I’ve had some experiences lately that I think have taught me something about using anger to get kids to do what you want.
Bed Time Struggles
Ever since our daughter Celeste was moved out of her crib and into a bunk bed with her sister Danielle, I’ve been having trouble getting her to sleep on time. She’s been staying up an extra hour or two, constantly popping out of bed to torment me. Traditionally, those last 3 hours have been my sanctuary of “me” time (which I sometimes dipped into to finish up some work), and their loss was very frustrating.
I felt like I had tried everything to get her to stay in bed. A few nights ago I got to the end of my rope around 10:30pm, and my plans were trashed, and she was defiantly saying “no want to sleep!”, I got angry.
For one or two nights it worked. She basically got scared and went to sleep. But then she acclimatized, and went to bed no sooner.
So really, anger didn’t work putting Celeste to bed. I just would become upset. As would she. And I saw her and Danielle started to adopt my behavior of getting angry to get what they wanted.
Age of Accountability
Plus they’re under 8, what in The Church of Jesus Christ of Latter-Day Saints is referred to as a “the age of accountability“. My little munchkins are 2 and 5, so they’re not yet accountable. They shouldn’t be made to feel guilty for mistakes. Understand the natural consequences, yes. But not feel guilt or shame. My church primary lesson manual said this:
Remember that children younger than eight years old are not yet accountable and do not need to repent of sin. Encourage the children to do what is right, but do not make them feel guilty for things they have done.
If they misbehave it’s because they either don’t know better or it’s probably from my bad example.
And for people who don’t subscribe to the idea that there is a Divinely-specified age at which children become accountable for their actions, I think you can at least agree that children that young really don’t know any better.
Potty Time Games Explosion
For example, Danielle was playing educational games on a phone while Celeste used the potty and did the same. When Celeste was done, I asked Danielle to stop in the next minute or two (to finish whatever she was currently doing). But she didn’t, and was asking me for help while I was trying to get Celeste ready for the day.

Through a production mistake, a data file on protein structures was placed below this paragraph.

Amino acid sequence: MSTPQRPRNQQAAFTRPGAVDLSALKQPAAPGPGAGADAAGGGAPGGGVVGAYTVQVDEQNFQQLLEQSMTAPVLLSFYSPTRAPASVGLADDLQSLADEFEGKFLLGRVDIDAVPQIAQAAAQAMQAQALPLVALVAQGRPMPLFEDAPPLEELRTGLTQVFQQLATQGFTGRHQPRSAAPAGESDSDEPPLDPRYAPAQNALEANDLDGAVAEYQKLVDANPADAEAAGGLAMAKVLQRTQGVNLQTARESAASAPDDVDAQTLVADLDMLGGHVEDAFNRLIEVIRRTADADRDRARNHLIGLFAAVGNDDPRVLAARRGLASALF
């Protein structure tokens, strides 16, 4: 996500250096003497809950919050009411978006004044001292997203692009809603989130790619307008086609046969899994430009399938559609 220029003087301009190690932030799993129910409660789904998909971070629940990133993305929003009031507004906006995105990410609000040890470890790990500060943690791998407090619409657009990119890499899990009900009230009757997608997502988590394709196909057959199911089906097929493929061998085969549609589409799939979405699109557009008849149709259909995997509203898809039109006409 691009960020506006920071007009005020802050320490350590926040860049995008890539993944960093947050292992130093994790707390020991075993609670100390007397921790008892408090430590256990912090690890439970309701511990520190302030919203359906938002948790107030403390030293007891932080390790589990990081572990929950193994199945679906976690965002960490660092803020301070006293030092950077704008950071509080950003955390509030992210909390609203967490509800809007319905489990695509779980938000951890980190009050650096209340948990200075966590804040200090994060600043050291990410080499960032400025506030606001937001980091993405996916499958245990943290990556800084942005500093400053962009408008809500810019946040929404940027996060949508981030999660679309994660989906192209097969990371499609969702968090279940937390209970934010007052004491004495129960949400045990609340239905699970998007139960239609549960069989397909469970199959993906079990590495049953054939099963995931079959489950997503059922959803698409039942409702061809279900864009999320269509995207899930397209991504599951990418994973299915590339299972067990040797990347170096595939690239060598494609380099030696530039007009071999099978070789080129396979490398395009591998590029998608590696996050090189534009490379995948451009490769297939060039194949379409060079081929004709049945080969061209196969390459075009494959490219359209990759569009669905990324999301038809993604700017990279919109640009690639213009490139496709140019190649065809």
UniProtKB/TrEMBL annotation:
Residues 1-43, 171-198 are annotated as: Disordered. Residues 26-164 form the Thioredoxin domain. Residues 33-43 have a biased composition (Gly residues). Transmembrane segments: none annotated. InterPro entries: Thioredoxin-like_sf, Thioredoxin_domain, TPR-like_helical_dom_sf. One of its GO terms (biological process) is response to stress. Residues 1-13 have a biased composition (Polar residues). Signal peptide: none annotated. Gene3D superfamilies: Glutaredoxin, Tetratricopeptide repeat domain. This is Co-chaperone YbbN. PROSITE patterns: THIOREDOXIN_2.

Eventually, Danielle asked “what do I do next?” referring to her game. But I was feeling irritated that she hadn’t turned it off yet, so said “you turn it off!” She resentfully complied, which irritated me further. So I told her I didn’t like her attitude, which solicited more attitude. Then I basically exploded and threw her phone in the garbage. Well there, I won, apparently. She started crying, as did Celeste. And I felt like a monster. But I could see this approach wasn’t working. Maybe it got them to comply in the short term, but it wore off quickly as it became the norm. Plus, they were starting to imitate it. When they got angry, Danielle would literally growl, and Celeste would literally roar.
After that, I resolved to not get angry like that again. It just didn’t achieve the purpose: getting compliance. Plus it modeled bad behavior. And lastly, it made us all feel terrible.
Better Than Anger: Learning
That’s all well and good- so do I just let them walk all over me now? No. I talk it out with them. Extensively.
I calmly, and non-patronizingly, explain the situation and natural consequences to them. I talk until they can’t stand it anymore and comply. Yes it’s sometimes a bit exhausting on me too, but it’s been working. Sometimes I have to pull out the line “Jesus said we…”. I try to not use that when it’s not true though. If it’s not actually scripture, I don’t think it’s right to pretend it is in order to manipulate. (Eg I don’t say “Jesus wants you to clean your room!”, but I could say “Jesus did say his house is a house of order. I think weshould try to keep things tidy. Also, the Ten Commandments say to ‘Honor your parents’. One way to honor us it to do the good things we ask you to do.”)
And then, when I’m getting at the edge of my rope, I pray for help.
And what’s more, the girls seem to already be adopting this calm, helpful, demeanor. Possibly more importantly, when I’m explaining things to them, there’s some actual learning occurring. They’re learning to think about natural consequences more, and I realizing things that many adults never really grasp. (Like, “if you don’t eat a variety of foods, you’ll be unhealthy. Maybe not in short term, but long term.” Or “if you make a fuss when it’s time to leave the park, that discourages us from coming to the park. Plus it’s stressful on me, and being helpful is a way to show you love me.”)
Lastly, with my somewhat frequent sermonizing on what Jesus would want them to do, I hope they’re actually learning what Jesus wants them to do, and developing a habit of having his teachings influence their behavior.
Good Teachers Don’t Get Angry
And lastly, here’s a totally non-religious video all about teaching. It makes a few points about how to be a good teacher, but one of them is that “Good teachers don’t get angry.”
They point out that “a relaxed frame of mind is essential to successful pedagogy.” So when I was getting angry, my girls weren’t learning why they should stay in bed. (Maybe one could argue they were learning what set me off, but in my experience they weren’t. They were just learning to be distraught when I got angry for reasons they weren’t understanding, or weren’t able to fix.)
Don’t Get Angry
So, while it was appealing to use anger as a last resort to get compliance, it wasn’t working. Long term or short term. Whereas resorting to teaching, testifying, and praying to the Big Guy, has been working much better. Plus we all feel much better.